I am moved to write this by the appeal to preserve and honor history put forth by the Alabama state senator from Tuscaloosa — in the form of public statues more than 40 years old. The senator quotes a noted philosopher, George Santayana, more or less: “Those who cannot remember the past are condemned to repeat it.” From the context of recent events over the past year or so, the senator is concerned with preserving monuments erected during and after Reconstruction — those using symbols derived from the Confederate States of America. (Protestations to the contrary, these were, and are, monuments to white supremacy. Google “Confederate monuments meaning” for in-depth explanations from many sources.)
There is the past as it was — and there are histories of the past – each unavoidably incomplete. The senator refers to one history which hides, and thereby grossly distorts, much of the past – ignoring the terrorism by whites visited upon the black population of the South for over a century. The valor of soldiers was and is used to hide the terroristic motivations behind these symbols in public places. Generations later that cover serves to make their removal or modification more difficult as exemplified by the senator’s success. Increasingly a majority of whites in Alabama, and the other states of the old Confederacy, are seen to be unable to face the past – and move past it. An inability clear to many whites and almost certainly to all non-whites. That inability does not augur well for the future if it is unchanged.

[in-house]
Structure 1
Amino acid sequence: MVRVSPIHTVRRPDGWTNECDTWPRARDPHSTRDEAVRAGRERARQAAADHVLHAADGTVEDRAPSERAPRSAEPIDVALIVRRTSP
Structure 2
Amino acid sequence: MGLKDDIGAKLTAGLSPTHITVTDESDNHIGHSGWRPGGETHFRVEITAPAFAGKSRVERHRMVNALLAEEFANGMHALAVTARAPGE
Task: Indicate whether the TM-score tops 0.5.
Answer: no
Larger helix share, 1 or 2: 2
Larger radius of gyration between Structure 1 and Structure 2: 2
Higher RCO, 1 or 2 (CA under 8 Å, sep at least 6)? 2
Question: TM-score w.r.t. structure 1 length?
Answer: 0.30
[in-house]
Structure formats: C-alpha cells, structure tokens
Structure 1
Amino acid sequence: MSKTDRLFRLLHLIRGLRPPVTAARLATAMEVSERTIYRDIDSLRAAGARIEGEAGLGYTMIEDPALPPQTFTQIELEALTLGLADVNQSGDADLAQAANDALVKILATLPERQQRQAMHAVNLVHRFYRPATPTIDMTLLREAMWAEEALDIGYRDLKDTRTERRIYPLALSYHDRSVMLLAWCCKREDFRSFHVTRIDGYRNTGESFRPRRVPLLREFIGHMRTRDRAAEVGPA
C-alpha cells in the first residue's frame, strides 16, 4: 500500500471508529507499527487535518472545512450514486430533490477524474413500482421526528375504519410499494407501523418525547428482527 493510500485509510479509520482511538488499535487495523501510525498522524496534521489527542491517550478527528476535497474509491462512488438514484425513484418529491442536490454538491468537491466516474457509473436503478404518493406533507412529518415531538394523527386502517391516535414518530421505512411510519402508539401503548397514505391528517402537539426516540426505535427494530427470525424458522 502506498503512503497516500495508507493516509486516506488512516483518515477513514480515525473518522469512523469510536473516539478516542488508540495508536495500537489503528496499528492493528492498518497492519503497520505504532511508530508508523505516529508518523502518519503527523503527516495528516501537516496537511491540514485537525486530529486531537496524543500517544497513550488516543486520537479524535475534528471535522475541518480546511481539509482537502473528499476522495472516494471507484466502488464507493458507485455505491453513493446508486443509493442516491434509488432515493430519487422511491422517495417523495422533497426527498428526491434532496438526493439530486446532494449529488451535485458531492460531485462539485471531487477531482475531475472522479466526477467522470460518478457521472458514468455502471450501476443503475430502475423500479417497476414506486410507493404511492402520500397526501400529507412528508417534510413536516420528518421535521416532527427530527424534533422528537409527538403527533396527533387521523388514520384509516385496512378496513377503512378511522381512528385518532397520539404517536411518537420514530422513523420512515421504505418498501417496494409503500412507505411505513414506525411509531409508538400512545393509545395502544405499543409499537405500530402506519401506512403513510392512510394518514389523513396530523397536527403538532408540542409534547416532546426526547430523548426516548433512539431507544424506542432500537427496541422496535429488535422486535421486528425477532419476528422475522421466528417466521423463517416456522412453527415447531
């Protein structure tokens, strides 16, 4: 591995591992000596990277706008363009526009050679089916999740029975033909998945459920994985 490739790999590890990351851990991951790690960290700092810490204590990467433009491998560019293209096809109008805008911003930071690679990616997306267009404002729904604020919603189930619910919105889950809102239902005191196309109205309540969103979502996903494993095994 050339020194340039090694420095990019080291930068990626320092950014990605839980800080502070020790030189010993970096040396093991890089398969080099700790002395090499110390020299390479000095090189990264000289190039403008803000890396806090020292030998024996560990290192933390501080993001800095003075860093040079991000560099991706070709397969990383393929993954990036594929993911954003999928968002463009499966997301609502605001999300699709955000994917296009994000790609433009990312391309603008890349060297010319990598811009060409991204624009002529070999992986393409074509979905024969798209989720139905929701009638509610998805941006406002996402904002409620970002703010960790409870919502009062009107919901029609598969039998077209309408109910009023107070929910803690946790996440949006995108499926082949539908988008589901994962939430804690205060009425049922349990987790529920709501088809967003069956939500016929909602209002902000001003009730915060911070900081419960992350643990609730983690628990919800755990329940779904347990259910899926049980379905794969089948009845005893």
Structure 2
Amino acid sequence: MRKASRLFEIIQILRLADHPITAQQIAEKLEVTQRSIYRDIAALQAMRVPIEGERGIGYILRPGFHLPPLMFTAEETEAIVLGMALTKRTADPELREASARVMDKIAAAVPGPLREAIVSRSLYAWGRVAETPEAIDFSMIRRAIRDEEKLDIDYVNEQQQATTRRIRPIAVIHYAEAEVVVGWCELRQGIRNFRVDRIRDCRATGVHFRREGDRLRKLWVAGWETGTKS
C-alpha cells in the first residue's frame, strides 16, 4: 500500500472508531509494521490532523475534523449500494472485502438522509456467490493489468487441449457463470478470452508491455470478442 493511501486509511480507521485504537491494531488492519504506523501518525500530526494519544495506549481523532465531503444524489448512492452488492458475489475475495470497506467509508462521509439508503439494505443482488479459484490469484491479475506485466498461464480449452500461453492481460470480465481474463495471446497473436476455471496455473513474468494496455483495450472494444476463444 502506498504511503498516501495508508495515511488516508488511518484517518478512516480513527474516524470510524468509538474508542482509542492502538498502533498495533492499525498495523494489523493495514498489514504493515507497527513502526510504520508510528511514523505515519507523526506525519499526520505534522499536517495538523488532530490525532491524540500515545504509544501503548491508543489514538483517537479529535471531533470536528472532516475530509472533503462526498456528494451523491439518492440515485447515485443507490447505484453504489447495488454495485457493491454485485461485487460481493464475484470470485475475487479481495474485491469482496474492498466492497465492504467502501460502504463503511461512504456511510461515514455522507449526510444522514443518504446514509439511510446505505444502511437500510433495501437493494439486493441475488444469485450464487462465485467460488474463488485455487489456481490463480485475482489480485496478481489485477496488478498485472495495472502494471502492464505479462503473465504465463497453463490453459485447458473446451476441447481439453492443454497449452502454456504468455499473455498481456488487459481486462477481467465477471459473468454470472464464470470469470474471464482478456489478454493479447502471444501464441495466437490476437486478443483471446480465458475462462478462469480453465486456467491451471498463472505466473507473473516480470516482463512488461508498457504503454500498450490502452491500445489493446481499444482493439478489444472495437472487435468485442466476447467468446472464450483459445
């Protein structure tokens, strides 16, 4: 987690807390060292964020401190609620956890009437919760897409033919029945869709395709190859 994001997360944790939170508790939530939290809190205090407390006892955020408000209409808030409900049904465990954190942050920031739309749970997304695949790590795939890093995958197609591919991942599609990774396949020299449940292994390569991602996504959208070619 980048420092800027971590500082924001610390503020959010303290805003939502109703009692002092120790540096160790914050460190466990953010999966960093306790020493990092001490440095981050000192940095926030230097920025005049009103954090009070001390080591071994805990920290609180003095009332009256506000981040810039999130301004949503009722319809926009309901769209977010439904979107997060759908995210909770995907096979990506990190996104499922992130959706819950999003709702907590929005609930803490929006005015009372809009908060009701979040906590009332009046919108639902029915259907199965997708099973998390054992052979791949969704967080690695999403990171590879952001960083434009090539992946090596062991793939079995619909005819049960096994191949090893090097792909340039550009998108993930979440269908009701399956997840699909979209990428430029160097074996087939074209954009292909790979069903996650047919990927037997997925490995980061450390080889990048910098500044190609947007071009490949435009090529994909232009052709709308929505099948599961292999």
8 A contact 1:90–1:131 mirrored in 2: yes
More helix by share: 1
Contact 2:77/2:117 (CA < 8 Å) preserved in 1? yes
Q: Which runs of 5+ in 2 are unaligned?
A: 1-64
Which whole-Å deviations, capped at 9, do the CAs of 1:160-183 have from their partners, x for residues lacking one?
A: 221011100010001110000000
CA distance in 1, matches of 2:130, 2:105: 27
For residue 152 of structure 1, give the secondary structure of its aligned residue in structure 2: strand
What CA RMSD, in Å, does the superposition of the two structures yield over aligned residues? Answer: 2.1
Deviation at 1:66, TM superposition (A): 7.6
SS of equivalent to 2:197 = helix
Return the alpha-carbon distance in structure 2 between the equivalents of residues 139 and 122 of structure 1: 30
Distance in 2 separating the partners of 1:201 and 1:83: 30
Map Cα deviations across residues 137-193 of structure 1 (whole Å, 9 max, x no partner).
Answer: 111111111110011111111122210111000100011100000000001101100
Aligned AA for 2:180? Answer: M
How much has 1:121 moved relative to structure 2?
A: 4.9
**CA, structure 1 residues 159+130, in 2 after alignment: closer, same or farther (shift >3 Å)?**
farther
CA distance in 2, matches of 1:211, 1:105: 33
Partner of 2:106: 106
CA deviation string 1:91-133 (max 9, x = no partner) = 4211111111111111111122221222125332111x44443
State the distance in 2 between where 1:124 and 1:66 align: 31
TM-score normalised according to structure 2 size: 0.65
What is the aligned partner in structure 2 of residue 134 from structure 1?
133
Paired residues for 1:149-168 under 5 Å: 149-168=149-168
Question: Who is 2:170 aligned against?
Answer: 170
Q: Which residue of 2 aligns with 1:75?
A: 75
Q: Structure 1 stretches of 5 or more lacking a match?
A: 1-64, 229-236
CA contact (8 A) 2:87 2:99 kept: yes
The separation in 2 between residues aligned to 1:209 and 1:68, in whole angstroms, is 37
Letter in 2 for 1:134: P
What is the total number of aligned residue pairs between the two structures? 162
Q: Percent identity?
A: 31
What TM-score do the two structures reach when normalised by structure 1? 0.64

In the dominant religion in the United States of America a commandment is to “not bear false witness.” In a court a witness is sworn “to tell the truth, the whole truth, and nothing but the truth.” While the forum of “Letters to the Editor” is neither religious nor judicial, it is a public one deserving to be treated honorably with the “whole truth.” It is hoped the Honorable Senator, all those who supported his bill, and the Governor who signed it, will visit “The National Memorial for Peace and Justice” and “The Legacy Museum: From Enslavement to Mass Incarceration.” It is sobering to accept that those were inspired by events as dire as the Holocaust and Apartheid and by the desire to facilitate reconciliation. These opened in Montgomery on April 26, 2018, the same day (the Senator’s) letter was published in The Citizen. He, and many of us, will find there a facet of history which we must not forget and should not “be condemned to repeat …”
Albert O. Howard